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Genetic and Rare Diseases Information Center (GARD)

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Wallenberg syndrome


Other Names for this Disease
  • Lateral medullary syndrome
  • PICA syndrome
  • Posterior inferior cerebellar artery syndrome
  • Vertebral artery syndrome
  • Wallenberg's syndrome
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Overview



What is Wallenberg syndrome?

What are the signs and symptoms of Wallenberg syndrome?

What causes Wallenberg syndrome?

How might Wallenberg syndrome be treated?


What is Wallenberg syndrome?

Wallenberg syndrome is a condition that affects the nervous system. Signs and symptoms may include swallowing difficulty; hoarseness; dizziness; nausea; vomiting; quick involuntary eye movements (nystagmus); balance and coordination problems; and Horner syndrome. It is often caused by a brain stem stroke.[1][2] Treatment generally focuses on the specific signs and symptoms present and may include use of a feeding tube for swallowing difficulty, speech and/or swallowing therapy, and medication for pain.[1]
Last updated: 3/16/2012

What are the signs and symptoms of Wallenberg syndrome?

Wallenberg syndrome may cause Horner syndrome and cerebellar ataxia. Horner syndrome can cause a lack of sensation on one side of the face and weakness of the palate, pharynx, and vocal cords which may result in difficulty swallowing and hoarseness. Cerebellar ataxia refers to uncoordinated muscle movement, which can cause walking problems (unsteady gait), sudden eye movements (nystagmus), and clumsy speech patterns (dysarthria). Other symptoms of Wallenberg syndrome may include dizziness, nausea, vomiting, loss of taste on one side of the tongue, uncontrollable hiccups, and vision disturbance. Wallenberg syndrome may also cause a loss of pain and temperature sensation in the side of the body that is opposite to where the stroke occurred.[1][2]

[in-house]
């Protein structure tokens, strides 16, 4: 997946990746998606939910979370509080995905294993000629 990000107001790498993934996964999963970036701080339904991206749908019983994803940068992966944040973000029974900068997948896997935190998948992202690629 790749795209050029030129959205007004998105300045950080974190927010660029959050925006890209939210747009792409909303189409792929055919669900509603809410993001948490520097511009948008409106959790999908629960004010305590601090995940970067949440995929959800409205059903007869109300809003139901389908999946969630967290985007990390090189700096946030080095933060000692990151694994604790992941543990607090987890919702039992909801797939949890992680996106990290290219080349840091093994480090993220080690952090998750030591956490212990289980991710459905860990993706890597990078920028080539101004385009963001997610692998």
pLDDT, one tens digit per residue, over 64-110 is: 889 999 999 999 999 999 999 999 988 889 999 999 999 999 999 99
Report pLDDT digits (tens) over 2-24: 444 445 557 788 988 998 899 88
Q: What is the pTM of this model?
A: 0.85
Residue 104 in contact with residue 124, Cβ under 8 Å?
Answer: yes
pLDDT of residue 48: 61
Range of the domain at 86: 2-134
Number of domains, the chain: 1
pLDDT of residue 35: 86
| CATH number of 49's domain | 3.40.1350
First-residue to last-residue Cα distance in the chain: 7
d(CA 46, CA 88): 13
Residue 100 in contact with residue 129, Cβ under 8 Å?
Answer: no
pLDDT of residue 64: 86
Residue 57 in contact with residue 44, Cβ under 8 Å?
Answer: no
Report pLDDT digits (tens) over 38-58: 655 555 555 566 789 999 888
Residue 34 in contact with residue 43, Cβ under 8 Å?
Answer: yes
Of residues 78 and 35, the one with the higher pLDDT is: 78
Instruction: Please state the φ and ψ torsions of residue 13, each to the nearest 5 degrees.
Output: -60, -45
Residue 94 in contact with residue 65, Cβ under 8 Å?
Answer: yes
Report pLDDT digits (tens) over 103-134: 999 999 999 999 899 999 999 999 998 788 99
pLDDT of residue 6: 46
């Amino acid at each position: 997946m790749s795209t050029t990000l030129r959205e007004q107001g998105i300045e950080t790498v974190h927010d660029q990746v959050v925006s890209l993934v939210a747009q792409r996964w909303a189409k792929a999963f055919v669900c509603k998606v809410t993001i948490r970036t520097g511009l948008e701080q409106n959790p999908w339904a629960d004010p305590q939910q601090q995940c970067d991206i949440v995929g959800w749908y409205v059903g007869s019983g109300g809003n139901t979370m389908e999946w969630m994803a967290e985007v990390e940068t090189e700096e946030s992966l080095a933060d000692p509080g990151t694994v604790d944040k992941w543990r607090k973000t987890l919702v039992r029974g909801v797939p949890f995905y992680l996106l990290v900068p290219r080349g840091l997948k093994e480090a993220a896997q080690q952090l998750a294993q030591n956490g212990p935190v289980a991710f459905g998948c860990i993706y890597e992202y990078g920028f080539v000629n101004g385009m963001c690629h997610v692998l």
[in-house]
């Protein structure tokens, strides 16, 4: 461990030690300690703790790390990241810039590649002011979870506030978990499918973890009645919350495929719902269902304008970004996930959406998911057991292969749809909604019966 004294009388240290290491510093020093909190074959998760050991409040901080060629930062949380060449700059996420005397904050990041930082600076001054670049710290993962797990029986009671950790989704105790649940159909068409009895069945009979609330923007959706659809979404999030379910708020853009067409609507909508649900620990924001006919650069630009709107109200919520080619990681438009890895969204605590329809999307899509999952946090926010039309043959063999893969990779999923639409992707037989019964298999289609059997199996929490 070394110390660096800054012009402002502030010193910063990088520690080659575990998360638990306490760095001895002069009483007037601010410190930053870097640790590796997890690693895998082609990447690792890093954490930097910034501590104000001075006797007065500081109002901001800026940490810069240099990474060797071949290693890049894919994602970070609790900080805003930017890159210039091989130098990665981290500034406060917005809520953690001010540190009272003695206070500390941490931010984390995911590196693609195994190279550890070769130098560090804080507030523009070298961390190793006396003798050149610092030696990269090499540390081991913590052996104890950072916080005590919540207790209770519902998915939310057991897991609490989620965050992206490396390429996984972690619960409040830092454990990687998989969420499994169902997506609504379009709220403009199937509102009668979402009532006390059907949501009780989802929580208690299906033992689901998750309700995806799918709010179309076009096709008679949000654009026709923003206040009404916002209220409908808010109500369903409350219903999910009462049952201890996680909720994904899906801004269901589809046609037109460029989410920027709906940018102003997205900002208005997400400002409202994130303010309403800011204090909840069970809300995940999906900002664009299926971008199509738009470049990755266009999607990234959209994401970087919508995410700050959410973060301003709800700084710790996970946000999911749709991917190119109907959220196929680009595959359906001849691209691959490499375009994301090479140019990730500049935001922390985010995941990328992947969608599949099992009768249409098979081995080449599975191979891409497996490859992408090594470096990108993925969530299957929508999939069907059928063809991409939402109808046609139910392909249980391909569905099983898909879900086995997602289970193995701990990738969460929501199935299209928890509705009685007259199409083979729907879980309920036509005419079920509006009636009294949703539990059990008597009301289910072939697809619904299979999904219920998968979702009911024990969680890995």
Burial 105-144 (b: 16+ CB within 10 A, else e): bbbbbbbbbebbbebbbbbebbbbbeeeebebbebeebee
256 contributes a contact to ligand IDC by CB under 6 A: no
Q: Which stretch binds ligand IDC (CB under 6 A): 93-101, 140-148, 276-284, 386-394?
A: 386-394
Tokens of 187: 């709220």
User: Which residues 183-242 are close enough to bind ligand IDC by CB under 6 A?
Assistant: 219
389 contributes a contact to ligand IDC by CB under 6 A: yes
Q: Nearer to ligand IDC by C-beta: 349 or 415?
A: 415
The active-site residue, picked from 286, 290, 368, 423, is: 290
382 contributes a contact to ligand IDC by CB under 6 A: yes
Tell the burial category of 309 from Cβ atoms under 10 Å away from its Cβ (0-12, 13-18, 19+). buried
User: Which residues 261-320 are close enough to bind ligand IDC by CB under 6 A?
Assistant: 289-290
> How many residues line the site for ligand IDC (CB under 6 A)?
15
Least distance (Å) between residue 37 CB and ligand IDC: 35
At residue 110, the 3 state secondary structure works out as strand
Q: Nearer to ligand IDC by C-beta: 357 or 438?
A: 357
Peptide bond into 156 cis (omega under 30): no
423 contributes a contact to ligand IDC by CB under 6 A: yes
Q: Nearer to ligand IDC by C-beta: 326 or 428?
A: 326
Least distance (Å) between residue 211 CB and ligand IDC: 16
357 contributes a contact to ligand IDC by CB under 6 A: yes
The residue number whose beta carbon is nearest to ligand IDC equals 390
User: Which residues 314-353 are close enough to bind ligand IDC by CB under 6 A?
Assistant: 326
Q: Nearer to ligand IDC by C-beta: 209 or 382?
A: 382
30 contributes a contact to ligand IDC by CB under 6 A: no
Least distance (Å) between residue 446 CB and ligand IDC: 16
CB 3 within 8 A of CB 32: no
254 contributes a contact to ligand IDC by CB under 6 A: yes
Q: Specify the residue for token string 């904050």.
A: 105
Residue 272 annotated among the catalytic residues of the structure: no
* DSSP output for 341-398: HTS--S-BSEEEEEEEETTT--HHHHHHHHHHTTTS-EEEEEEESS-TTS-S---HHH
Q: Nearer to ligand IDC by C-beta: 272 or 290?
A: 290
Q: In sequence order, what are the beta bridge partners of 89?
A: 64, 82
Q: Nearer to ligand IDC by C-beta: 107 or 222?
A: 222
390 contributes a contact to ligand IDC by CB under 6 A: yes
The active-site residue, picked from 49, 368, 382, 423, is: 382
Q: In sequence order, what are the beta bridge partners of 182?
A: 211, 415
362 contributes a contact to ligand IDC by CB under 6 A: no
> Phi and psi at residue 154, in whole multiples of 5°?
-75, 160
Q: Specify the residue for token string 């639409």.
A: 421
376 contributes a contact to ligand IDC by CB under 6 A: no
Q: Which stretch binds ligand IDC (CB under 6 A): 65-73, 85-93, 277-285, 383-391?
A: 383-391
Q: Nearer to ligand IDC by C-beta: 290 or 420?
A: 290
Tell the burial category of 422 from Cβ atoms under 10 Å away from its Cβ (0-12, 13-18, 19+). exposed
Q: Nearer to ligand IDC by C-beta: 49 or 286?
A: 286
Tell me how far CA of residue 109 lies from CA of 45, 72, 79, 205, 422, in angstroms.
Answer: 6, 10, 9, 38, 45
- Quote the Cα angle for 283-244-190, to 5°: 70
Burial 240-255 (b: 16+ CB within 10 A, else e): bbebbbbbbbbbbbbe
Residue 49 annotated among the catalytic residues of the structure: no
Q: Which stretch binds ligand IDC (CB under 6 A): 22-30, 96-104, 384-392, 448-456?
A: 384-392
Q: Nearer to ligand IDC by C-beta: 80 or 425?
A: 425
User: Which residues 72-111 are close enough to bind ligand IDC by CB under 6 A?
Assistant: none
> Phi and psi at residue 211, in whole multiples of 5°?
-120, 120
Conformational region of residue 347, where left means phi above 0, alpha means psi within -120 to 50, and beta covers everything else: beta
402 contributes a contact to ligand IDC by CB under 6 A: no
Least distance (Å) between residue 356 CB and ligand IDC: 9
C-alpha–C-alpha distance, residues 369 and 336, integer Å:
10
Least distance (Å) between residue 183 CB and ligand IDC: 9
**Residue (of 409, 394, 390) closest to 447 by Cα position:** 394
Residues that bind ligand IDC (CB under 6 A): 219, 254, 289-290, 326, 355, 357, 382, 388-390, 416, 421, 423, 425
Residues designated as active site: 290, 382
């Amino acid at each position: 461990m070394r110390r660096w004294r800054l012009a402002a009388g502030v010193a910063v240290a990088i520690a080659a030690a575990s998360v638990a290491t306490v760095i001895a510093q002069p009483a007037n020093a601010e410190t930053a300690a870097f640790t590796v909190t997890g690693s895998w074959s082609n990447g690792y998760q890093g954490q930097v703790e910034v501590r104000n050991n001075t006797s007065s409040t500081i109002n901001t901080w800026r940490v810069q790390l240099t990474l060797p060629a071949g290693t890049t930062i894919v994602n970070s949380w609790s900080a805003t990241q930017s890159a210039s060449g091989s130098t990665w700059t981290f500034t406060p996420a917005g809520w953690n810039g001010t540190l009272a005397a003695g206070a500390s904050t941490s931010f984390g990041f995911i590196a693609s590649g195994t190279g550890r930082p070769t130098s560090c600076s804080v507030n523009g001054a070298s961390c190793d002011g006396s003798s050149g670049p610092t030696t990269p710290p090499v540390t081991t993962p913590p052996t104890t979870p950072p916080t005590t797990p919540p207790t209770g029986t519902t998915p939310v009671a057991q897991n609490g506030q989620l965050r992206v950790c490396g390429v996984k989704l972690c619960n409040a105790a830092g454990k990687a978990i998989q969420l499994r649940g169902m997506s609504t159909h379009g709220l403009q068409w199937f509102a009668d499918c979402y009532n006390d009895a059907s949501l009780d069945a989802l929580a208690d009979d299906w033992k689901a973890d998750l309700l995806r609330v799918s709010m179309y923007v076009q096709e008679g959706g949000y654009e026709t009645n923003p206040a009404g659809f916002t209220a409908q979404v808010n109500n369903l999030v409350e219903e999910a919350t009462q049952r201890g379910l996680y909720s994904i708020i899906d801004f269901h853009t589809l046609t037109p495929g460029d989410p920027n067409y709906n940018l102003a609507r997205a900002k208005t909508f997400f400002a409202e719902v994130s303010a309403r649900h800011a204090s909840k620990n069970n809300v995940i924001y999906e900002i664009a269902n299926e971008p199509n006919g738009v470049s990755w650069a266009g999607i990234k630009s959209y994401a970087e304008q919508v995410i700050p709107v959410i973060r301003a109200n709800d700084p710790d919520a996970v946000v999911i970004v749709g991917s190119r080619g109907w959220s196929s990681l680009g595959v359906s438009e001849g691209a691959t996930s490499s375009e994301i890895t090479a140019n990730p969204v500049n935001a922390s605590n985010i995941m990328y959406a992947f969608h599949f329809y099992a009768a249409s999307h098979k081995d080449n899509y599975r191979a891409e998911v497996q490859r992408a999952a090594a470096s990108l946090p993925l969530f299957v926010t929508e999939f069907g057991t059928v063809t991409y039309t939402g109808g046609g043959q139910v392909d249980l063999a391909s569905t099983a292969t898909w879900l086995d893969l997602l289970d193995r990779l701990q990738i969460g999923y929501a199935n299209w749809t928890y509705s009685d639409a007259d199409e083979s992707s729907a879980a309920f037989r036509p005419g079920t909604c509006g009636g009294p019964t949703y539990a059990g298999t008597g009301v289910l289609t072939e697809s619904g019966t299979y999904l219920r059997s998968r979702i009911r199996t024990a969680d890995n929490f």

Last updated: 3/19/2012

What causes Wallenberg syndrome?

The most common cause of Wallenberg syndrome is stroke in the vertebral or posterior inferior cerebellar arteries of the brain stem (brain stem stroke).[1][3] However, several other disorders or conditions have also been reported as being associated with Wallenberg syndrome, including mechanical trauma to the vertebral artery in the neck, vertebral arteritis (inflammation of the walls of the arteries), metastatic cancer, hematoma, aneurysm of the vertebral artery, herpetic brainstem encephalitis, head injury, arteriovenous malformations (AVMs), multiple sclerosis, varicella infection and brainstem tuberculoma (a rare form of tuberculosis).[3][4][5][6][7]
Last updated: 3/19/2012

How might Wallenberg syndrome be treated?

Treatment for Wallenberg syndrome focuses on the specific signs and symptoms associated with the condition. A feeding tube may be necessary if swallowing is very difficult. Speech/swallowing therapy may be helpful. In some cases, medication may be used to reduce or eliminate pain. Some doctors report that the anti-epileptic drug gabapentin appears to be an effective medication for individuals with chronic pain associated with the condition.[1]
Last updated: 3/19/2012

References
  1. NINDS Wallenberg's Syndrome Information Page. National Institute of Neurological Disorders and Stroke (NINDS). February 15, 2007; http://www.ninds.nih.gov/disorders/wallenbergs/wallenbergs.htm. Accessed 3/13/2012.
  2. Love BB, Biller J. Neurovascular System. In: Goetz CG. Textbook of Clinical Neurology, 3rd ed. Philadelphia, PA: Saunders; 2007;
  3. Qiu W, Wu JS, Carroll WM, Mastaglia FL, Kermode AG. Wallenberg syndrome caused by multiple sclerosis mimicking stroke. J Clin Neurosci. December 2009; 16(12):1700-1702.
  4. DB Smith and BK Demasters. Demyelinating disease presenting as Wallenberg's syndrome. Report of a patient. Stroke. 1981; 12:877-888.
  5. S.O. Kovacs, K. Kuban, R. Strand. Lateral medullary syndrome following varicella infection. Am J Dis Child. 1993; 147:823-825.
  6. M.J. Lawson-Smith, S.J. Smith, J.C. Leach et al. Lateral medullary syndrome caused by penetrating head injury. J Clin Neurosci. 2006; 13:792-794.
  7. Verma R, Sharma P. Lateral medullary syndrome due to brain stem tuberculoma. J Assoc Physicians India. June 2011; 59:382-384.